Emerging investigator series: spatial distribution of dissolved organic matter in ice and at air–ice interfaces†
Dissolved organic matter (DOM) is a common solute in snow and ice at Earth's surface. Its effects on reaction kinetics in ice and at air–ice interfaces can be large, but are currently difficult to quantify. We used Raman microscopy to characterize the surface and bulk of frozen aqueous solutions containing humic acid, sodium dodecyl sulfate (SDS), and citric acid at a range of concentrations and temperatures. The surface-active species (humic acid and SDS) were distributed differently than citric acid. Humic acid and SDS are almost completely excluded to the air–ice interface during freezing, where they form a film that coats the surface nearly completely. A liquid layer that coats the majority of the surface was observed at all humic acid and SDS concentrations. Citric acid, which is smaller and less surface active, is excluded to liquid channels at the air–ice interface and within the ice bulk, as has previously been reported for ionic solutes such as sodium chloride. Incomplete surface wetting was observed at all citric acid concentrations and at all temperatures (up to −5 °C). Citric acid appears to be solvated in frozen samples, but SDS and humic acid do not. These results will improve our understanding of the effects of organic solutes on environmental and atmospheric chemistry within ice and at air–ice interfaces.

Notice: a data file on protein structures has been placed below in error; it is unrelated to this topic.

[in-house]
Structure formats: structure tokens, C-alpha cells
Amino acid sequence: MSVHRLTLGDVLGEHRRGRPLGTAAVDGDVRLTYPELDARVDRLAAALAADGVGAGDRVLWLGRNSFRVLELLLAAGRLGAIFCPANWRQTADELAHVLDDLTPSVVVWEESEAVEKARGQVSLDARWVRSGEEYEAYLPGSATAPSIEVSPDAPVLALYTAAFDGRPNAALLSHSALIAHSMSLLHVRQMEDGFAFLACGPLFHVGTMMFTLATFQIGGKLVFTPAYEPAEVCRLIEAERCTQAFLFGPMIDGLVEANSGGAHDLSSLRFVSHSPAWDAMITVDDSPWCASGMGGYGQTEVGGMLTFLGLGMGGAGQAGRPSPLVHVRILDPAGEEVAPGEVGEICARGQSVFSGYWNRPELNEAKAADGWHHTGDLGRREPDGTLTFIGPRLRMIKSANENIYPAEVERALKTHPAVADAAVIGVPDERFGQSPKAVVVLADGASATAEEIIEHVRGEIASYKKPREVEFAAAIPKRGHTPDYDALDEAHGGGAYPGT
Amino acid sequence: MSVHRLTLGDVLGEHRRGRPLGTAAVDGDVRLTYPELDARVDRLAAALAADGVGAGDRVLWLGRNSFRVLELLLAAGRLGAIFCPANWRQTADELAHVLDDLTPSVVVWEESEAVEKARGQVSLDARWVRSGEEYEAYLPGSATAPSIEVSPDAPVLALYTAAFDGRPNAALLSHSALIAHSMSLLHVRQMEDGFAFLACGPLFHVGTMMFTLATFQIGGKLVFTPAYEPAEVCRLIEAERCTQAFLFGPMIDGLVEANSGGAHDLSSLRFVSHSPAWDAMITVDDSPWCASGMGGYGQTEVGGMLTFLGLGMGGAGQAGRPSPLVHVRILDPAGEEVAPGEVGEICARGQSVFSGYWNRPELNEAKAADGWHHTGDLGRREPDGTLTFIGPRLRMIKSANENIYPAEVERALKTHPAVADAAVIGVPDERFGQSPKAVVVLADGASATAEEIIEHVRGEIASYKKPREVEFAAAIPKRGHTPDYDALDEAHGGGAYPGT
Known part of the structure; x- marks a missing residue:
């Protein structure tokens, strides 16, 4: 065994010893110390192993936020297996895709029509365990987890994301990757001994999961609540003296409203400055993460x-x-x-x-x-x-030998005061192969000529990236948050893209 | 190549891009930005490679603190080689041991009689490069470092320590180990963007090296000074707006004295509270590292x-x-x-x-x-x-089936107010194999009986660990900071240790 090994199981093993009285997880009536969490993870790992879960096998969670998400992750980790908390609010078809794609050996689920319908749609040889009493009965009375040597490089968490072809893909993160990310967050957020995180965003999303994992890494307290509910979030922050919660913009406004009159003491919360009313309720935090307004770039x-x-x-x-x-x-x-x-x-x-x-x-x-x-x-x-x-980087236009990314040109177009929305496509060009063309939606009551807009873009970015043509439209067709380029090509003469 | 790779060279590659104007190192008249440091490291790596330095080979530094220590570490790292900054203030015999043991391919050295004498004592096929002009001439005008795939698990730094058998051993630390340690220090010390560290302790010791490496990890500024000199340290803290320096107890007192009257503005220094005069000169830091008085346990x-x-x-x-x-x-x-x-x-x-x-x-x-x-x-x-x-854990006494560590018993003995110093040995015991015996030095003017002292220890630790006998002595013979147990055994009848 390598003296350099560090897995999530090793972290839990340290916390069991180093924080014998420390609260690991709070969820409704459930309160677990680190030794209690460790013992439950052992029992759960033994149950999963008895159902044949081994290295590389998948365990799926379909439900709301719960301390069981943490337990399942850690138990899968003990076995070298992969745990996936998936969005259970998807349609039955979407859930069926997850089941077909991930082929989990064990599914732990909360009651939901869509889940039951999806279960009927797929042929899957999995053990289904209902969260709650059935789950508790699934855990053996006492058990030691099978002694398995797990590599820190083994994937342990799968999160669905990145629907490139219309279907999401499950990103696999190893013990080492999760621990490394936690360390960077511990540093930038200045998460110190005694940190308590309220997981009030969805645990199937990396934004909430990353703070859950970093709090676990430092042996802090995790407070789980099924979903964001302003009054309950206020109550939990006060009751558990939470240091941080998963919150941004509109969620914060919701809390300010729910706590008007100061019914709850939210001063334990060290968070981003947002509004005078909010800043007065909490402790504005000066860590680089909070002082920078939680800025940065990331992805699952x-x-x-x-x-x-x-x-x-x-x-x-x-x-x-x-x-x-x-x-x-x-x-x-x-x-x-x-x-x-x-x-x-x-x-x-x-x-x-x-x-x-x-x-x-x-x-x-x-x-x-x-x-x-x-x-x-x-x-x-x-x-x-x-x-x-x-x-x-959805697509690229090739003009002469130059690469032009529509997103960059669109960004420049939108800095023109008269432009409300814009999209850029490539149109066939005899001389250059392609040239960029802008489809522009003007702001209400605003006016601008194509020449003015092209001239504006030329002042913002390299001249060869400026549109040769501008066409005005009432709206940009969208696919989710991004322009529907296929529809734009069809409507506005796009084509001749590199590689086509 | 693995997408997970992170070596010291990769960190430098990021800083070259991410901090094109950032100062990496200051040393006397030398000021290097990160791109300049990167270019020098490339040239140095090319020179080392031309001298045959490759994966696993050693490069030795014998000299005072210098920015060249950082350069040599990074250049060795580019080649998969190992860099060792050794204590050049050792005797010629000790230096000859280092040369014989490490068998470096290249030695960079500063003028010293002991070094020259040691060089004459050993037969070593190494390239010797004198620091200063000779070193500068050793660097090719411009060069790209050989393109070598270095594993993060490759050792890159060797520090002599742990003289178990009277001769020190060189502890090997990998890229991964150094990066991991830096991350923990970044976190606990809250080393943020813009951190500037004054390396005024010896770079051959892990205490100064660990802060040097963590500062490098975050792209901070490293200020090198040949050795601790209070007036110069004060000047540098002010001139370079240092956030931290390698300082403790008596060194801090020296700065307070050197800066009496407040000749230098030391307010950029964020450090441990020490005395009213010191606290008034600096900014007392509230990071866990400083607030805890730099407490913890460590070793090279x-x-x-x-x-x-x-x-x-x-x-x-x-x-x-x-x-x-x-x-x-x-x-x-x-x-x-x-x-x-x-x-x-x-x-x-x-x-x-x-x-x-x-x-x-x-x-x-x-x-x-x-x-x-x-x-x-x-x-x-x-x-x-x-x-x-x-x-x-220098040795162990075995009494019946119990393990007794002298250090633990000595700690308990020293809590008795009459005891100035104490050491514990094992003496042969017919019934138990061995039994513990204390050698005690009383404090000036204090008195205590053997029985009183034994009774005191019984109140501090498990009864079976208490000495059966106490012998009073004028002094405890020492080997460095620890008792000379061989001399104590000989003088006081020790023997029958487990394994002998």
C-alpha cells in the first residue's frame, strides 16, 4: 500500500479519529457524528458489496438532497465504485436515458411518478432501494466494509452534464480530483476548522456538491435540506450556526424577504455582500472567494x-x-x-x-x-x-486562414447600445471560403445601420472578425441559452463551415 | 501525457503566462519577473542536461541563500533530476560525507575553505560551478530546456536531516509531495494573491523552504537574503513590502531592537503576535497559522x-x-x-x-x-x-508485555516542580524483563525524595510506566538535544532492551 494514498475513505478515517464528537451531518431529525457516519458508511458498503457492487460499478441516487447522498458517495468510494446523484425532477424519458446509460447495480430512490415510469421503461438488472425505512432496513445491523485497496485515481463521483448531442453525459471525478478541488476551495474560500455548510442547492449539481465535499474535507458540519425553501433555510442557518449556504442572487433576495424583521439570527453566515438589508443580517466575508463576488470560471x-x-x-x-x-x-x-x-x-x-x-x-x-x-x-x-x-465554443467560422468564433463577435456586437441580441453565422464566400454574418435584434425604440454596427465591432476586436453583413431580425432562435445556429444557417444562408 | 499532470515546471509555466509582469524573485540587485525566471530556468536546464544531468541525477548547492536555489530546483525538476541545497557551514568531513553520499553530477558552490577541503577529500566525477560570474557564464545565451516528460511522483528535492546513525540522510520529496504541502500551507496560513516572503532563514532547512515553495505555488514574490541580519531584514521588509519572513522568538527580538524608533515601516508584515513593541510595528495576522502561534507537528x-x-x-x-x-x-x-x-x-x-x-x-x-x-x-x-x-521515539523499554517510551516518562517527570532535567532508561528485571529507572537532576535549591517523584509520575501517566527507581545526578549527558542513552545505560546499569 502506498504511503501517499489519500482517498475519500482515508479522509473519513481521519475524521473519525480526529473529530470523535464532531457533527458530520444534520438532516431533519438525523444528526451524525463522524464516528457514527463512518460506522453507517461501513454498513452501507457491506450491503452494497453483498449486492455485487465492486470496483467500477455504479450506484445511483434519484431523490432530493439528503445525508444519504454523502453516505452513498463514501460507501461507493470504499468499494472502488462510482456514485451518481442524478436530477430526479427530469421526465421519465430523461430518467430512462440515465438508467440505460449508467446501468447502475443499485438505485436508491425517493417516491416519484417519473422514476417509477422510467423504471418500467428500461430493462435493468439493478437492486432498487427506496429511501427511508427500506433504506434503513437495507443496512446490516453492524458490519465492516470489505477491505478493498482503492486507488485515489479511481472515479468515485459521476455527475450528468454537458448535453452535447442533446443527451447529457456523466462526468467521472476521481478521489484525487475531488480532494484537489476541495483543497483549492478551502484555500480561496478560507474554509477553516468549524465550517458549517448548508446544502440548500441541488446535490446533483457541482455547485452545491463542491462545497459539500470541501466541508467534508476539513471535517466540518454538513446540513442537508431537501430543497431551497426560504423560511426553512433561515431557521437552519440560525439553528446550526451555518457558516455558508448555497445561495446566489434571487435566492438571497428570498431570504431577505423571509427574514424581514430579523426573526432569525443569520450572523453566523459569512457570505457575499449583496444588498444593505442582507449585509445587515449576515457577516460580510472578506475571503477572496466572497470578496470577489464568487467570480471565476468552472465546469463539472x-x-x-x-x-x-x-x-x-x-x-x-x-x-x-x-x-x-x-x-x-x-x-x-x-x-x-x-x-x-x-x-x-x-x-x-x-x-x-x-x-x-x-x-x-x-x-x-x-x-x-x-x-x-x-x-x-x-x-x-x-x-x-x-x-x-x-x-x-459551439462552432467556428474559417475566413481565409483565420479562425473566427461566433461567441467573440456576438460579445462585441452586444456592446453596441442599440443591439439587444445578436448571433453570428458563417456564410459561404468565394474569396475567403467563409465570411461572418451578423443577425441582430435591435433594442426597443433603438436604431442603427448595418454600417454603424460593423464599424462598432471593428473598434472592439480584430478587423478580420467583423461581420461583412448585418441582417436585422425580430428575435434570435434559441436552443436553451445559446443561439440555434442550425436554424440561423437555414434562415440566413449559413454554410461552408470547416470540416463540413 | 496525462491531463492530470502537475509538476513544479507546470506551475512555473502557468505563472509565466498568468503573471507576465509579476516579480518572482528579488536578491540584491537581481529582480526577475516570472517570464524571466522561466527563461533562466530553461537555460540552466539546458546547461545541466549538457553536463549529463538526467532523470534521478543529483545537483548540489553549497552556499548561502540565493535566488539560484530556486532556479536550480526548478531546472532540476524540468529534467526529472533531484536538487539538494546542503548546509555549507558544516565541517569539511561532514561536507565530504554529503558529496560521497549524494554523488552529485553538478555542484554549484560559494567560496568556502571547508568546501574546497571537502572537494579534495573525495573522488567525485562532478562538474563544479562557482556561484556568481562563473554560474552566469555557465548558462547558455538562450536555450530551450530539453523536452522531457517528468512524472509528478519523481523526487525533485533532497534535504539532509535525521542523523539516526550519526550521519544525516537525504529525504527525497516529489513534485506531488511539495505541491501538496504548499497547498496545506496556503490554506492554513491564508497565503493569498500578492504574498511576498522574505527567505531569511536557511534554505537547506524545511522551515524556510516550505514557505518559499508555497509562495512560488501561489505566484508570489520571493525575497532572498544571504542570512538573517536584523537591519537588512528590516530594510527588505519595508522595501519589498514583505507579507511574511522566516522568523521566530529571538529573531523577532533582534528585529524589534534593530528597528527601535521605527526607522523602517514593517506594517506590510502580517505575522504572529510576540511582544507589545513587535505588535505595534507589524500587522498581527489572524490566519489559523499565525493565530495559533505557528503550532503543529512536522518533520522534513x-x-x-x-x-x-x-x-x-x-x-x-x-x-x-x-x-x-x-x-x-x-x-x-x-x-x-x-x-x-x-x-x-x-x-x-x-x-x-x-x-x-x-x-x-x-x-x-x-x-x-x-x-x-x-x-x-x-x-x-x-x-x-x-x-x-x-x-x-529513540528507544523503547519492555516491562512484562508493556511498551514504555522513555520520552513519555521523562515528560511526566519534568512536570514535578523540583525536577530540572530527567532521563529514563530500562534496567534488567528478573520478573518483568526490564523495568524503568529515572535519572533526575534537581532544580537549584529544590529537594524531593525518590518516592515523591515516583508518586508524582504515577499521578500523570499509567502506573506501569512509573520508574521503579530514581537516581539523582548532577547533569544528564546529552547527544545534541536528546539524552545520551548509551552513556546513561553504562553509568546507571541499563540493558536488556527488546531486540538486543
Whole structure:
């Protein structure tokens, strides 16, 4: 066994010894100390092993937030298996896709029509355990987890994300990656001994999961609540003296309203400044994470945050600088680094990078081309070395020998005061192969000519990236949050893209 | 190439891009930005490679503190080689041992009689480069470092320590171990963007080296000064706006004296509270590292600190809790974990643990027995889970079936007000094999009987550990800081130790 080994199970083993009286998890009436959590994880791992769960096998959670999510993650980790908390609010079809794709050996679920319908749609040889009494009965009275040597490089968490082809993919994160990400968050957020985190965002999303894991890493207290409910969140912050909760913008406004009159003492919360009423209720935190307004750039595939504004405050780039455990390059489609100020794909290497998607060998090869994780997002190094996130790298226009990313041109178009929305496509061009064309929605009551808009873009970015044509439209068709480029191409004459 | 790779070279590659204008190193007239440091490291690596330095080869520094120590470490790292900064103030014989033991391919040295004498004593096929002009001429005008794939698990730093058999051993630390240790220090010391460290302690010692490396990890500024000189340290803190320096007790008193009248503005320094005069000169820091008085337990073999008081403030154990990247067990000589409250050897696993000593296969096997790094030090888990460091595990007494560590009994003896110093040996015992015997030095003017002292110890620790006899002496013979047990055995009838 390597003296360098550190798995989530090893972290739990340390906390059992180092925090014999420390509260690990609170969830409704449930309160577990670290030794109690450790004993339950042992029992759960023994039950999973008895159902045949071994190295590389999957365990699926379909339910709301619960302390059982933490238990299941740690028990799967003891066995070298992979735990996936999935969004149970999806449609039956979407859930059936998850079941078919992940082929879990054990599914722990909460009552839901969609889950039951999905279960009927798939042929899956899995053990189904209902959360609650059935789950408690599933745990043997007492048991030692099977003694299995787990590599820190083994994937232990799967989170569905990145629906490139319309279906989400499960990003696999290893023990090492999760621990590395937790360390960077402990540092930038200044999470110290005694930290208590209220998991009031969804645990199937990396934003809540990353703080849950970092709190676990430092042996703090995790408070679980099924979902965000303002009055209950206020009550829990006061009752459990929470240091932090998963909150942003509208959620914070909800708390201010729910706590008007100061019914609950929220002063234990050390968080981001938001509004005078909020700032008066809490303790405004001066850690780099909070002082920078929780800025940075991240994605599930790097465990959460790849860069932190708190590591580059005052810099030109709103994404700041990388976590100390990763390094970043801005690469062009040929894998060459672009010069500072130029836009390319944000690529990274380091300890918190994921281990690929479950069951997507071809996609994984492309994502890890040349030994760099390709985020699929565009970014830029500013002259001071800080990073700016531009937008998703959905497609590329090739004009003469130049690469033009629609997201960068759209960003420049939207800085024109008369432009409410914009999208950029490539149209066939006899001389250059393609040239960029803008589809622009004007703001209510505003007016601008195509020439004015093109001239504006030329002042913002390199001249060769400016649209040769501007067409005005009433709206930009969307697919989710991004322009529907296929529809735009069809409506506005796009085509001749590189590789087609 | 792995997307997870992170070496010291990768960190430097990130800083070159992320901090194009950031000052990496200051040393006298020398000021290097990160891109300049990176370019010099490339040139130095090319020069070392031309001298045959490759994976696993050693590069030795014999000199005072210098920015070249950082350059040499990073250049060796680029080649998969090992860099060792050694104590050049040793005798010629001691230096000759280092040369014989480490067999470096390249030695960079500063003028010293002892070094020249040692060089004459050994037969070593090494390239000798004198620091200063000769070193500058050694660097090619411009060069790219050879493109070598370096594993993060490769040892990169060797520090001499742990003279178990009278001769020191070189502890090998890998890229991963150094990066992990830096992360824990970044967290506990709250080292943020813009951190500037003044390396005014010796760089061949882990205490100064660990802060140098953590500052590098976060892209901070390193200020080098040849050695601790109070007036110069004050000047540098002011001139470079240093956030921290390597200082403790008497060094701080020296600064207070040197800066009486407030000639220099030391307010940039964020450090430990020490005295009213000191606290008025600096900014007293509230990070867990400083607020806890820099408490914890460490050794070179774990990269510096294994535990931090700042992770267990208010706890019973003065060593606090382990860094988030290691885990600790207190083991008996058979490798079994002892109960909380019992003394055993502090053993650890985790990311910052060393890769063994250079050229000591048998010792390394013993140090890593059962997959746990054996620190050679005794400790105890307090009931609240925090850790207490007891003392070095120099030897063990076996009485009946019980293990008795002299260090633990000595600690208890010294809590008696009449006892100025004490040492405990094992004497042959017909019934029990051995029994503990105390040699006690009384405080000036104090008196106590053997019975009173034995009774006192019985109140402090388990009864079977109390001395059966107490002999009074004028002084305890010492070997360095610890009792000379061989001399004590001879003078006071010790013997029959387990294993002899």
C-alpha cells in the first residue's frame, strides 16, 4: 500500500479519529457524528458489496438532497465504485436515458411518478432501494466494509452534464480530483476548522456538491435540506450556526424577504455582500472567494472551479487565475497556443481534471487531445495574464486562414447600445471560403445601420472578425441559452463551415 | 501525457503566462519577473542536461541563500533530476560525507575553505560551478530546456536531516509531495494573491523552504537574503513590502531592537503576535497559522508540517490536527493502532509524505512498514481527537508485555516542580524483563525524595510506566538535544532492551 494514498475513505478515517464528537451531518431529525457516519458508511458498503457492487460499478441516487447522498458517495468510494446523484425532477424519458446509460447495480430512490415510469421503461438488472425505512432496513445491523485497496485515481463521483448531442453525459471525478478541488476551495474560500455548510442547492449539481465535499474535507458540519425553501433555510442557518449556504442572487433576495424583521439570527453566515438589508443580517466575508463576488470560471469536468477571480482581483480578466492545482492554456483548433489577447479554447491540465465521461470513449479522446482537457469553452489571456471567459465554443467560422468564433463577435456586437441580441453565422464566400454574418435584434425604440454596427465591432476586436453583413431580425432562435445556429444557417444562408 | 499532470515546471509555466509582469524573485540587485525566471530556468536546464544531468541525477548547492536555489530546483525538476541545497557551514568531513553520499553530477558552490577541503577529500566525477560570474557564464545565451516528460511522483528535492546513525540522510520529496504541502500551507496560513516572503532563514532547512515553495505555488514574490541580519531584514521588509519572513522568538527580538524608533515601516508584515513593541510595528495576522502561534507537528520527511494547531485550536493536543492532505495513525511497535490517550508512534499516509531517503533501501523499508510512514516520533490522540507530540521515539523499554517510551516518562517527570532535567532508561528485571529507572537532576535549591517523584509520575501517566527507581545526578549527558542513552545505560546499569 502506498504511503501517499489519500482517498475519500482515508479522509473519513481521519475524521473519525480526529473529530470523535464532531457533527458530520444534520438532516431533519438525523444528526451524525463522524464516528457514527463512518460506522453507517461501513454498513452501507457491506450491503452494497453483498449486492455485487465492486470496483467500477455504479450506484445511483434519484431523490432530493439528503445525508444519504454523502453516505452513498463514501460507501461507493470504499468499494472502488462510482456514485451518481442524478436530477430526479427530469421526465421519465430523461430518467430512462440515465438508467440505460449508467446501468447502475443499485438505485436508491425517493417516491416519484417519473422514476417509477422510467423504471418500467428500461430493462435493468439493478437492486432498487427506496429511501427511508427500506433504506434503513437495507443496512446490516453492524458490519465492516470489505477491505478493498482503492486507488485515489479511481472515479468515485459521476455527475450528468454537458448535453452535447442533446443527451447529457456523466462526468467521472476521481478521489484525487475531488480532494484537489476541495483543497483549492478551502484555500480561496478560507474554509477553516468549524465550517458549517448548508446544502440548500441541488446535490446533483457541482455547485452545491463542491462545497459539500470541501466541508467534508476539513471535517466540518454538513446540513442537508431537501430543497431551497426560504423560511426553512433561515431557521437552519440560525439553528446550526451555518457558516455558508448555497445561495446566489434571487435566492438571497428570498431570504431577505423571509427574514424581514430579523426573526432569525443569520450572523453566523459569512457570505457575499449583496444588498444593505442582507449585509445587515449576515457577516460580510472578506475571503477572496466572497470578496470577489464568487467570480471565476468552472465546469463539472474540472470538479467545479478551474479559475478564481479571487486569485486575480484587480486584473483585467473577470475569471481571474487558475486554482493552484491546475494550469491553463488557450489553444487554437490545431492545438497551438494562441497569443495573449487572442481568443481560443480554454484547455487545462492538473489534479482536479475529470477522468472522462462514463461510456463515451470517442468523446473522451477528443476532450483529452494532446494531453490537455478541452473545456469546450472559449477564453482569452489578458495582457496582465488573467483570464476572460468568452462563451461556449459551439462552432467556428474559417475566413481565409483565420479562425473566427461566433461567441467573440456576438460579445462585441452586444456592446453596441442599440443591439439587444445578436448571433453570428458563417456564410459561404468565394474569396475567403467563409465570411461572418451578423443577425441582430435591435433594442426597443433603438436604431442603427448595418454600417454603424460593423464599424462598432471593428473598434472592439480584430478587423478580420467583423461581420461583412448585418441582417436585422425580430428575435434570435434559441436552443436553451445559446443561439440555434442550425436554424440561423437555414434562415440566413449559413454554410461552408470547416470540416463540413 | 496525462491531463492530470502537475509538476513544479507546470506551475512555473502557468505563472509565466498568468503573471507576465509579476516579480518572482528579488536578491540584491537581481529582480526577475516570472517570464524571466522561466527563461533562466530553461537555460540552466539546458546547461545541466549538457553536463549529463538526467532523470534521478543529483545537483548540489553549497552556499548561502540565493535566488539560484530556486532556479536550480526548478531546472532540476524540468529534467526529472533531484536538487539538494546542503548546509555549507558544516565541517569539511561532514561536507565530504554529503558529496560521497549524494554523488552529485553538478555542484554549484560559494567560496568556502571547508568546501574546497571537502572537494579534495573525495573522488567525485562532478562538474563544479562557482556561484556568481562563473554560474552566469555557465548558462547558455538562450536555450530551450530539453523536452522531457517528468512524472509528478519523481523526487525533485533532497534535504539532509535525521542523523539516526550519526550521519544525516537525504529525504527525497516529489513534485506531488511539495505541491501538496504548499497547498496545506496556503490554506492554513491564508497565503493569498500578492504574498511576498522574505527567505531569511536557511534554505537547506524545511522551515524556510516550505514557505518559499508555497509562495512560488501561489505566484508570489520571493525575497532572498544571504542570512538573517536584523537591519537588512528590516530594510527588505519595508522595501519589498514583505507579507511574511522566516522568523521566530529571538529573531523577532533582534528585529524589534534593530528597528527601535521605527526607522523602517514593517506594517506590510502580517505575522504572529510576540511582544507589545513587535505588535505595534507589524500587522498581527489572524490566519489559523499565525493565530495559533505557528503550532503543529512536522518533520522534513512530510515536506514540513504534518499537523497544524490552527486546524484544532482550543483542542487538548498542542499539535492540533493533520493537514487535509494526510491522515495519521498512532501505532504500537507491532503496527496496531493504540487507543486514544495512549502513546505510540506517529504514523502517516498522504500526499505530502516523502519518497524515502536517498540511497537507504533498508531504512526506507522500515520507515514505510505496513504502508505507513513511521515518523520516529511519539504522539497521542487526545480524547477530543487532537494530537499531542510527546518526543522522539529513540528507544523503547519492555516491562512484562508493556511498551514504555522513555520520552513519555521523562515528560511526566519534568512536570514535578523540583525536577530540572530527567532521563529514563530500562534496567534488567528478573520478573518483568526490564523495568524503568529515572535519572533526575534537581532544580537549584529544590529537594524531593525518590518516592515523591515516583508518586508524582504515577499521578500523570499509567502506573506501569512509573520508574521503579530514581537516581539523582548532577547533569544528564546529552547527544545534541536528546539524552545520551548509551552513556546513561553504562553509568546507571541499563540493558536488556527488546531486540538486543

- This article is part of the themed collections: Environmental Science: Processes & Impacts Recent HOT Articles, ESPI Cover Art 2019 and Emerging Investigator Series